SEATTLE – A mysterious “snake goddess” painted on terracotta and discovered in Athens may actually be Demeter, the Greek goddess of the harvest.
Once linked to the worship of the dead, the goddess is flanked by two snakes on a slab of terracotta about antibiotics for sale the size of a piece of notebook paper. She has her hands up above her head, which has given her the nickname “the touchdown goddess” thanks to the resemblance of the pose to a referee’s signal. The goddess is painted in red, yellow and blue-green on a tile, with only her head molded outward in three dimensions. This unusual piece of art was found amid a jumble of gravel and other terracotta fragments in 1932 in what was once the Athenian agora, or public square.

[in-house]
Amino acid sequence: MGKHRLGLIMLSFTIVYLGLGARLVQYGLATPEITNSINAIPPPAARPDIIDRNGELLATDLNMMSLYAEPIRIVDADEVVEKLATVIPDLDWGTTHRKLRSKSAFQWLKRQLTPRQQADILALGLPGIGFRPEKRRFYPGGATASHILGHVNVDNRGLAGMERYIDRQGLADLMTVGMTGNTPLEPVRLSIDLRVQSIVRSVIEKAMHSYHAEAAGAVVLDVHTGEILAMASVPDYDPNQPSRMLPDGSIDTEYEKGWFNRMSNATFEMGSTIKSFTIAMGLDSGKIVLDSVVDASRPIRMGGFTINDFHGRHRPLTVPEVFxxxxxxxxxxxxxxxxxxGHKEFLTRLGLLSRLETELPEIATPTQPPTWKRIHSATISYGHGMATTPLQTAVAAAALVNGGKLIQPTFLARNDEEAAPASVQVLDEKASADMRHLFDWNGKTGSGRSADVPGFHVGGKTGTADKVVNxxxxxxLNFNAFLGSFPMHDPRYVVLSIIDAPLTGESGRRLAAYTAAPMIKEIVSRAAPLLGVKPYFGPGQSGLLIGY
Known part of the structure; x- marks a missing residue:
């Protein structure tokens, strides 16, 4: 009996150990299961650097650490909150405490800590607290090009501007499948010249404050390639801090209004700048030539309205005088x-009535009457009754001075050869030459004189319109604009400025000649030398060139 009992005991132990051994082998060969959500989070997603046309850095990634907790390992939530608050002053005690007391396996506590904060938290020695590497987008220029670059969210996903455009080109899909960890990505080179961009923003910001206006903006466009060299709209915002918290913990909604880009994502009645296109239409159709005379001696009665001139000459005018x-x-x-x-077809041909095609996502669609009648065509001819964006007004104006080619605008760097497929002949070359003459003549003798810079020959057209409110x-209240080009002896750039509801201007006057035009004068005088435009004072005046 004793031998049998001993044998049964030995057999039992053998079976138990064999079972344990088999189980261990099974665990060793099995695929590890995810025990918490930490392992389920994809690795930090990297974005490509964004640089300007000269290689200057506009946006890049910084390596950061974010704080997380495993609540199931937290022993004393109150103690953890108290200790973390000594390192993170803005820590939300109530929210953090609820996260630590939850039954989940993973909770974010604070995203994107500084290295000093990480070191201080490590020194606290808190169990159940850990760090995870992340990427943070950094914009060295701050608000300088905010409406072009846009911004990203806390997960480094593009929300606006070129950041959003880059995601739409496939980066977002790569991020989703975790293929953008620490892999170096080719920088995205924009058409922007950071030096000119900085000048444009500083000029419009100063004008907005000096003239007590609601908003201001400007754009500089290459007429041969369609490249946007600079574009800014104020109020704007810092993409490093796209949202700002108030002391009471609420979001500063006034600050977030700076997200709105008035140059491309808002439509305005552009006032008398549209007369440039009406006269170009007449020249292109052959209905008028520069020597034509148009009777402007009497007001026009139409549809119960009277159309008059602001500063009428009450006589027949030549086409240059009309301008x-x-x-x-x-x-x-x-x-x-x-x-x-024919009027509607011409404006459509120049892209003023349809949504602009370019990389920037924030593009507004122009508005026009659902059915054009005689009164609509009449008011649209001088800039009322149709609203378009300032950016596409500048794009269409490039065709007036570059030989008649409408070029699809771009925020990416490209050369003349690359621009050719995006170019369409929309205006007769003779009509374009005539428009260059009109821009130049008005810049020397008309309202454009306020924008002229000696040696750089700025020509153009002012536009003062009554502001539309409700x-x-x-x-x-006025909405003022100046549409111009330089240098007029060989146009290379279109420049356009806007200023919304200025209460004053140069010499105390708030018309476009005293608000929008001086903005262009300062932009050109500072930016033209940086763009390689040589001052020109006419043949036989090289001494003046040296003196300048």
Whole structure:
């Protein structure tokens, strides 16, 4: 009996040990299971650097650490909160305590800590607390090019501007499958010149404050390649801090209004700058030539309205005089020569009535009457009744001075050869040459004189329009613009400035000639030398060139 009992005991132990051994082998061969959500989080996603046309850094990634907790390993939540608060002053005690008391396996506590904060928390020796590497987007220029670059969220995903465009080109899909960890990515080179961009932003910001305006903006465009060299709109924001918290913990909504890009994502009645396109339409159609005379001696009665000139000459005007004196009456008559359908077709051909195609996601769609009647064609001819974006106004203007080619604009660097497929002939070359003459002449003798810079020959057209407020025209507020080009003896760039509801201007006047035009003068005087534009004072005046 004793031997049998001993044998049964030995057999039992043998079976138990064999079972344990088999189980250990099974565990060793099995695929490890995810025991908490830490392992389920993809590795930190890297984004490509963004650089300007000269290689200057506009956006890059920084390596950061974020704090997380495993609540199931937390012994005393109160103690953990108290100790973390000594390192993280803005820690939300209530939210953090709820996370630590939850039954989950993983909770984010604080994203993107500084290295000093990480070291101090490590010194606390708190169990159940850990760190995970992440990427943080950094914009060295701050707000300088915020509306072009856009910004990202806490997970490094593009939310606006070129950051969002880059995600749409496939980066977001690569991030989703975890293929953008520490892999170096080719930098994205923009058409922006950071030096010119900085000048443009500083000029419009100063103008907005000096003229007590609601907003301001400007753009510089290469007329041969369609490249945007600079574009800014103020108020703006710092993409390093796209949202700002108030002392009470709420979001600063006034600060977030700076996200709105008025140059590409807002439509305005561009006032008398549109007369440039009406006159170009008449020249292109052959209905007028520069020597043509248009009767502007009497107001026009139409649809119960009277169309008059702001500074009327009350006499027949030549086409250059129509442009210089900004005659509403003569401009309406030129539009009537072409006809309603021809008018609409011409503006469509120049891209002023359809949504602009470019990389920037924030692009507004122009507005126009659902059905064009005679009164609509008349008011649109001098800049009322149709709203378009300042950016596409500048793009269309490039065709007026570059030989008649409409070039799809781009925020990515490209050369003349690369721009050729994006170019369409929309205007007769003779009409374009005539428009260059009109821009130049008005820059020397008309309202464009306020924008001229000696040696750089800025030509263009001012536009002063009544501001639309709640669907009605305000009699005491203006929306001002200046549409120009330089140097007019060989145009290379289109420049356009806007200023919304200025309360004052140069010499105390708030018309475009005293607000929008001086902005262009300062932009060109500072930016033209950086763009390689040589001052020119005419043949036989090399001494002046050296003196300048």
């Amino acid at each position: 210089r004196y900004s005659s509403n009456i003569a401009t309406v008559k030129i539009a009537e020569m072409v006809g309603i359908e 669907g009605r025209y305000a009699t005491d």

The catch, however, is that the snake goddess isn’t originally from the agora. The gravel and figurine fragments were fill material, brought in from an unknown second location to build a path or road in the seventh century B.C.
“Not only is our snake goddess unidentified, but she’s homeless,” said study researcher Michael Laughy of Washington and Lee University in Virginia. “She got mixed up in
that road gravel, presumably obtained near the site of her original shrine.”